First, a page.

President Donald Trump's unprecedented second impeachment less than a week before he leaves office puts the country in uncharted waters.
While some of the congressional processes around impeachment remain the same regardless of whether he is in power, the punishments and consequences are entirely different depending on his status.
Here's what to know:
The House voted to impeach Trump 232-197, on Jan. 13, a week after Trump rallied with a large group of supporters who ultimately rioted and sieged the Capitol. The incident left at least five dead and forced Congress to evacuate the chambers and take shelter in the middle of the hearing.
The impeachment article contends that Trump "demonstrated that he will remain a threat to national security, democracy and the Constitution if allowed to remain in office and has acted in a manner grossly incompatible with self-governance and the rule of law," citing both his role in inciting the Capitol siege and attempting to subvert the election results.
This is different from the two articles the House approved against Trump in December 2019. In that case, Trump was charged with abuse of power and obstruction of Congress for allegedly attempting to coerce Ukrainian officials to provide election interference against then-Democratic presidential candidate Joe Biden. Trump denied the charges.
This marks the first time in history that a U.S. president has been impeached twice.
Although impeachment was used three times in the past to remove a sitting elected official, it can also be used against former federal officials, resulting in severe punishments that could affect their futures, according to the Constitution.
Section 3 of the 14th Amendment, in theory, gives Congress the authority to bar public officials, who took an oath of allegiance to the U.S. Constitution, from holding office if they "engaged in insurrection or rebellion" against the Constitution and therefore broke their oath. The article of impeachment filed by the Democrats cites this provision.
The president has indicated that he would run for office again in 2024, however, an impeachment and conviction vote by two-thirds of the Senate would open him up to a congressional ban on running for federal office. That punishment only requires a simple majority vote in the Senate.
There is a historical precedent for such a move.
During the Civil War, Congress voted to impeach and convict federal judge West H. Humphreys, who fled to the South and served as a Confederate judge. Following his conviction by the Senate in 1862, Humphreys, who was already out of office, was officially barred from holding office for life with a Senate vote.
While the consequences of Trump's second impeachment vote may be clear, the timing is still murky and may not be as swift as the three-week trial the last time around.
The House voted on the article before President-elect Biden assumes office, however, Senate Republican Leader Mitch McConnell said in a statement released after the vote stating "there is simply no chance that a fair or serious trial could conclude before President-elect Biden is sworn in next week."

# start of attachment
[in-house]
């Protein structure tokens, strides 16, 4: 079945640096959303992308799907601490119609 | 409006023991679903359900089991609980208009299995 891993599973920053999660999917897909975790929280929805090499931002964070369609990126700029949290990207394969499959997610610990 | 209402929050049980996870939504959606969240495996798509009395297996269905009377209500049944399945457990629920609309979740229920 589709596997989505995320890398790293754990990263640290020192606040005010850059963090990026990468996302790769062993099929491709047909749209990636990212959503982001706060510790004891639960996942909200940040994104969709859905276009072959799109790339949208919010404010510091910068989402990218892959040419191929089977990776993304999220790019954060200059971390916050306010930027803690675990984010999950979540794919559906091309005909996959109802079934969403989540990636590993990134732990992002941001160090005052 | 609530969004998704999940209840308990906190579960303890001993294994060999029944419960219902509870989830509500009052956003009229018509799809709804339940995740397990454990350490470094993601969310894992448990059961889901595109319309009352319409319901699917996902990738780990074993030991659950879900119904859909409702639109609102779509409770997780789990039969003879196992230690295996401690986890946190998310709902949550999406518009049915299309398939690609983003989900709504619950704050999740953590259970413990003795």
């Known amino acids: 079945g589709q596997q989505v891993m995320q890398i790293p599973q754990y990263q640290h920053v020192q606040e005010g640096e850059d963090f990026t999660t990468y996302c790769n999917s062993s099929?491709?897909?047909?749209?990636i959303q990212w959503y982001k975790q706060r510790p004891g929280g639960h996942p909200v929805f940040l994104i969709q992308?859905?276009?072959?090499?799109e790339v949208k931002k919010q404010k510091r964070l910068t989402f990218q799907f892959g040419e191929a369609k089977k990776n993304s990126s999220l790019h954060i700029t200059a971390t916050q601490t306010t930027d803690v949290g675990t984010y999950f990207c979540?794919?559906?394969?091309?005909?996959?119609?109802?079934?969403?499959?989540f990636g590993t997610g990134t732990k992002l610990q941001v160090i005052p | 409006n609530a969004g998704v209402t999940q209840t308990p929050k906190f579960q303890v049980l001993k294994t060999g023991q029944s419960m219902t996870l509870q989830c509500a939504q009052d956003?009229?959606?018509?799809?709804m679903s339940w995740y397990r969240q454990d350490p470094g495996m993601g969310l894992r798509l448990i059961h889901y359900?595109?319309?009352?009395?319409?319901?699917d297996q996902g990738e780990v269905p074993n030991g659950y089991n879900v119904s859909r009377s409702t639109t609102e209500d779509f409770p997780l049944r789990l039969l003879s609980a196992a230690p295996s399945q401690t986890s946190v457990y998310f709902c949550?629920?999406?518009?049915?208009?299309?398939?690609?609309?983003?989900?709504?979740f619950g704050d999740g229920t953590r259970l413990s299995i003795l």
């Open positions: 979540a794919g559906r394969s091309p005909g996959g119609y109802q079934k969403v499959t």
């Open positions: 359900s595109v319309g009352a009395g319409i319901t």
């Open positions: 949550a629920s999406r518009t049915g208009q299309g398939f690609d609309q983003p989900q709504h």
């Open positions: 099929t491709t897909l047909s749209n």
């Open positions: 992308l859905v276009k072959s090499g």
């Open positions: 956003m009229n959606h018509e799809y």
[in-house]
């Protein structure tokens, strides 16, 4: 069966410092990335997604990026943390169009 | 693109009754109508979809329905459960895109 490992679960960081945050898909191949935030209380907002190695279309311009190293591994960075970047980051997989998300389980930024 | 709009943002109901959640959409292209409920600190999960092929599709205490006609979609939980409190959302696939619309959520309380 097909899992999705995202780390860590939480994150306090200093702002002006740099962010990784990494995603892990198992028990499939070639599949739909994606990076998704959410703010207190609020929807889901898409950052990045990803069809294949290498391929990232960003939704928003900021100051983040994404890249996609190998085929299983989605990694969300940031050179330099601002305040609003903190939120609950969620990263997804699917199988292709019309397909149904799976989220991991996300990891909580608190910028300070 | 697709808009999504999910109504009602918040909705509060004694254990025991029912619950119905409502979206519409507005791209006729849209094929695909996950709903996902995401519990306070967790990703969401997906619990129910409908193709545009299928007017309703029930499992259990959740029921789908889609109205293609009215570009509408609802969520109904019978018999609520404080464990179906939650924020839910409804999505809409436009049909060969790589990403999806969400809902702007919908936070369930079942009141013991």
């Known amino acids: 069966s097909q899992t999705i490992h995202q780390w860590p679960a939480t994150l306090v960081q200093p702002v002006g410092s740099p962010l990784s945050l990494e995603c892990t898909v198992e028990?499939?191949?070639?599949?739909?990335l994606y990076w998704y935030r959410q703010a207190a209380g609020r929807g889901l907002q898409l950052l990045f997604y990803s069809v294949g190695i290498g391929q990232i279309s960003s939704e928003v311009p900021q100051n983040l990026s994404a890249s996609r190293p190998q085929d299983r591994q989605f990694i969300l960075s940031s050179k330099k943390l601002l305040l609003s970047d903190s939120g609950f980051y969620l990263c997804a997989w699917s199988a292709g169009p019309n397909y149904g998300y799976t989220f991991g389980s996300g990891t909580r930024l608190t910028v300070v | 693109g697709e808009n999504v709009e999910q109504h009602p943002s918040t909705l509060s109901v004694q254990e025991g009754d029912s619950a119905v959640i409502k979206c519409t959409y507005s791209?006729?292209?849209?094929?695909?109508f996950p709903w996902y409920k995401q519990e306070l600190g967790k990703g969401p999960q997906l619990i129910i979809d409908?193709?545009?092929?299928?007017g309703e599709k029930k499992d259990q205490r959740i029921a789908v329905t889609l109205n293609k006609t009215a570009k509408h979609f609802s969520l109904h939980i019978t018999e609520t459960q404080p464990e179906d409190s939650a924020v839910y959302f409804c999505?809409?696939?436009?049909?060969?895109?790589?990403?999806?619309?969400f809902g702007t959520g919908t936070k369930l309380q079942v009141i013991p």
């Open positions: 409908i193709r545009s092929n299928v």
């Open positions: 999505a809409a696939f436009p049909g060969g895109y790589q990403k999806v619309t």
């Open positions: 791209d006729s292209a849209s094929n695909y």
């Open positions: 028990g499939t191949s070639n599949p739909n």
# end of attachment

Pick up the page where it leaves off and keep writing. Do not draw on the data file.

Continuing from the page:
"Even if the Senate process were to begin this week and move promptly, no final verdict would be reached until after President Trump had left office," he said.
U.S. Rep. Jim Clyburn, the third-ranking House Democrat, told reporters the House might send the article of Impeachment to the Senate after Biden's first 100 days so that the president-elect and Congress can focus on the most pressing agenda. But Rep. Steny Hoyer, D-Md., the House majority leader, indicated that Democrats will try to move quickly.
New balance of power
The 2021 impeachment also comes under a political makeup for both houses of Congress.
During the 2019 impeachment vote, all 195 House Republicans voted against impeachment, however, during the 2021 vote, 10 GOP members of the House, including Rep. Liz Cheney, of Wyoming, the third-highest Republican house member, joined Democrats in backing the second impeachment.
Trump was exonerated last year in the Republican-controlled Senate on both of his impeachment counts. Sen. Mitt Romney was the only Republican who voted guilty on the abuse of power count. The GOP voted along party lines for the second count.
This year, the Senate will be split 50-50 between the parties, with Vice President-elect Kamala Harris serving as the potential tiebreaker.
An impeachment conviction would require at least 17 Republicans to vote across the aisle to get the two-thirds majority needed.
As of Jan. 13, no Senate Republican has officially announced his or her support for impeachment, however, there were early rumblings that some party members think the president is culpable.
McConnell has told confidants that he believes Trump committed impeachable offenses, a source told ABC News. As the House voted on impeachment, he sent a note to Republican colleagues stating, "I have not made a final decision on how I will vote and I intend to listen to the legal arguments when they are presented to the Senate."
Romney said in a statement, "When the president incites an attack against Congress, there must be a meaningful consequence."
Sen. Pat Toomey, R-Pa., said he believes the president “committed impeachable offenses,” and his Senate GOP colleague from Nebraska, Ben Sasse, indicated he would be open to considering the House-passed article.
And Sen. Lisa Murkowski, R-Alaska, hasn’t yet taken a position on impeachment, however, she said she hoped the president would resign.
ABC News' Trish Turner and Allison Pecorin contributed to this report.